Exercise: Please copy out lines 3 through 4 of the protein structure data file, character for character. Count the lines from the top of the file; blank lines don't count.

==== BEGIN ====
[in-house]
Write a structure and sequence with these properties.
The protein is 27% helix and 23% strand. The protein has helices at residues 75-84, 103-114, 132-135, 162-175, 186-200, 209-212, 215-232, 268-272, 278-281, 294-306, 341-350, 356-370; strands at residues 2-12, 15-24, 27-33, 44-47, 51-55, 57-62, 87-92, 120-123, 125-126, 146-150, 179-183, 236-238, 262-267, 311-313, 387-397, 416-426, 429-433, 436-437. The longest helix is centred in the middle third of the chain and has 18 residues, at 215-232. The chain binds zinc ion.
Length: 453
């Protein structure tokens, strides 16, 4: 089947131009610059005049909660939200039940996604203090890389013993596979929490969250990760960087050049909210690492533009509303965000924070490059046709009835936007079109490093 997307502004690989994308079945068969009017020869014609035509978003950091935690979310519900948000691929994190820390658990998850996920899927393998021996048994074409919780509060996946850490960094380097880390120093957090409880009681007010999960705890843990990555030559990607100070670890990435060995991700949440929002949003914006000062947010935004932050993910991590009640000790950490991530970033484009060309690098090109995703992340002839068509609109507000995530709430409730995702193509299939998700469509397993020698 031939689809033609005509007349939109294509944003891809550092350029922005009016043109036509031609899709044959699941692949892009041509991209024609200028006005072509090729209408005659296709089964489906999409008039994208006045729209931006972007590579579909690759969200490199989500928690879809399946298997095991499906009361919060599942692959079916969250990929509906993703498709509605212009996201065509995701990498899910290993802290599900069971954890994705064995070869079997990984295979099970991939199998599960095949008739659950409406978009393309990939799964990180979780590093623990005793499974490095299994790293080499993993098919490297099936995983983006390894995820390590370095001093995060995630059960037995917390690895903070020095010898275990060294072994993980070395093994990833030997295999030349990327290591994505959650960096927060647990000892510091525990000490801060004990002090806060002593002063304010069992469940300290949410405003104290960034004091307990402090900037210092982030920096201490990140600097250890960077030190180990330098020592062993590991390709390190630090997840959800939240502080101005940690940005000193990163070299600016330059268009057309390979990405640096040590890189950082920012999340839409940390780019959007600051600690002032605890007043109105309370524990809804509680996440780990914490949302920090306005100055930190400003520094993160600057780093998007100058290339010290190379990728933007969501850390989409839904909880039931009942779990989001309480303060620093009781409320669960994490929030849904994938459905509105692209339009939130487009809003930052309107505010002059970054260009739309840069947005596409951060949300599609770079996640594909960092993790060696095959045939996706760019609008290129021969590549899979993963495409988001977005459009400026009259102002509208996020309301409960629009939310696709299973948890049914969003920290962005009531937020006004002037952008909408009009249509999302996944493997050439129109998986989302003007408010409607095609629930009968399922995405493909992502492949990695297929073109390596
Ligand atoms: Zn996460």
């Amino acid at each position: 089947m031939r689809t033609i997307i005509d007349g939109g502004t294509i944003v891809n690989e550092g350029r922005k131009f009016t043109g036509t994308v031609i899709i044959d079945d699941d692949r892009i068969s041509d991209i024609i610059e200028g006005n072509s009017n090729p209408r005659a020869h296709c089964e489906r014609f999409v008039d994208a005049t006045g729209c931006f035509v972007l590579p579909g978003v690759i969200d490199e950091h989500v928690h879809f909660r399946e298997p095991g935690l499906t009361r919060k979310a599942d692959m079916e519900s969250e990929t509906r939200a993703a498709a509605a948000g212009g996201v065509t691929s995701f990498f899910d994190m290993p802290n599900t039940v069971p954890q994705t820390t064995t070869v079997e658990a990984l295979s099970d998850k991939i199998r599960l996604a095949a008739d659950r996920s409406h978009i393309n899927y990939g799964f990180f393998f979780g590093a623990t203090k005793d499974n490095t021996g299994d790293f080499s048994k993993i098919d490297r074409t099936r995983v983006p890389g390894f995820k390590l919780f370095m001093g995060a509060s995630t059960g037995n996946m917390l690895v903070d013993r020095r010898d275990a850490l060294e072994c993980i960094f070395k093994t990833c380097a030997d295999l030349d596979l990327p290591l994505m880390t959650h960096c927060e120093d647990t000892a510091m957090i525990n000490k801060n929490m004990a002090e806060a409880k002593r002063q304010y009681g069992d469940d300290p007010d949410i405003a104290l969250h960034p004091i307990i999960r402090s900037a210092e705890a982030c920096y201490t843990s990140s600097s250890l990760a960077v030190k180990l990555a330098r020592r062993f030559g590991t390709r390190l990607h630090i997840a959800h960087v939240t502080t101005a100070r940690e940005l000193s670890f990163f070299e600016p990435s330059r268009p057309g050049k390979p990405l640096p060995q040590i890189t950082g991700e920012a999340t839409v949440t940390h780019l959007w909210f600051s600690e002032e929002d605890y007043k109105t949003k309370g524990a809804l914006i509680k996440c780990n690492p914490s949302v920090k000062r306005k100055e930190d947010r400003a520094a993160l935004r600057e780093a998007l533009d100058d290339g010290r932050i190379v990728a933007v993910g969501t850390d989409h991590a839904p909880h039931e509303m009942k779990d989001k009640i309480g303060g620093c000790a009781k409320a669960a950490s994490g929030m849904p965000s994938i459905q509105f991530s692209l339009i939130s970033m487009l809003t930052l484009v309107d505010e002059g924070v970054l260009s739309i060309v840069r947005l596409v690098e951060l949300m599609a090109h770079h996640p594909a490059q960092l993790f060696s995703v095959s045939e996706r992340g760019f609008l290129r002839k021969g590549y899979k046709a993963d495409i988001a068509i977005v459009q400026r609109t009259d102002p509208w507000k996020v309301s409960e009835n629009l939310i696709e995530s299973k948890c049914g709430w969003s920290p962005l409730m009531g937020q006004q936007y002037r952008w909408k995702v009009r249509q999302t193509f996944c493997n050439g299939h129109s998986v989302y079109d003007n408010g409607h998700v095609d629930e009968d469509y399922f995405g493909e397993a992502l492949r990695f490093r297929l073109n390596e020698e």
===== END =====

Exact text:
The protein is 27% helix and 23% strand. The protein has helices at residues 75-84, 103-114, 132-135, 162-175, 186-200, 209-212, 215-232, 268-272, 278-281, 294-306, 341-350, 356-370; strands at residues 2-12, 15-24, 27-33, 44-47, 51-55, 57-62, 87-92, 120-123, 125-126, 146-150, 179-183, 236-238, 262-267, 311-313, 387-397, 416-426, 429-433, 436-437. The longest helix is centred in the middle third of the chain and has 18 residues, at 215-232. The chain binds zinc ion.
Length: 453